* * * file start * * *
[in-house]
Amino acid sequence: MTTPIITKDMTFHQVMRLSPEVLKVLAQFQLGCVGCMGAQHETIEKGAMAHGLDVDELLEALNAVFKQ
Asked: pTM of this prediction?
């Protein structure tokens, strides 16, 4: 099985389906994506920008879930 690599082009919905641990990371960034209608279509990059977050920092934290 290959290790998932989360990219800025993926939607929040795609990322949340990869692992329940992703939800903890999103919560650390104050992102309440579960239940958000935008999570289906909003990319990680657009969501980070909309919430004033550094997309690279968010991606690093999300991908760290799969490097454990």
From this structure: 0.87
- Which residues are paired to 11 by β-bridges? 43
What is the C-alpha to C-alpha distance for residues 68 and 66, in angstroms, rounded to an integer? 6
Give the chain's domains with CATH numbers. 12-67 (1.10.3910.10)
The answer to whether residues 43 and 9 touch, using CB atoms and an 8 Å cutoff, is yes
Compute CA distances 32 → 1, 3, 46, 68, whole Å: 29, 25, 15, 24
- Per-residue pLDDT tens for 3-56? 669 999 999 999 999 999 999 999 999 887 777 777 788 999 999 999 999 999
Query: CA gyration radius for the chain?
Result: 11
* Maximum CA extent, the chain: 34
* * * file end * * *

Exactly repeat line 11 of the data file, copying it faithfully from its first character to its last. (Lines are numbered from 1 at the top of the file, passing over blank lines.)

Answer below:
- Per-residue pLDDT tens for 3-56? 669 999 999 999 999 999 999 999 999 887 777 777 788 999 999 999 999 999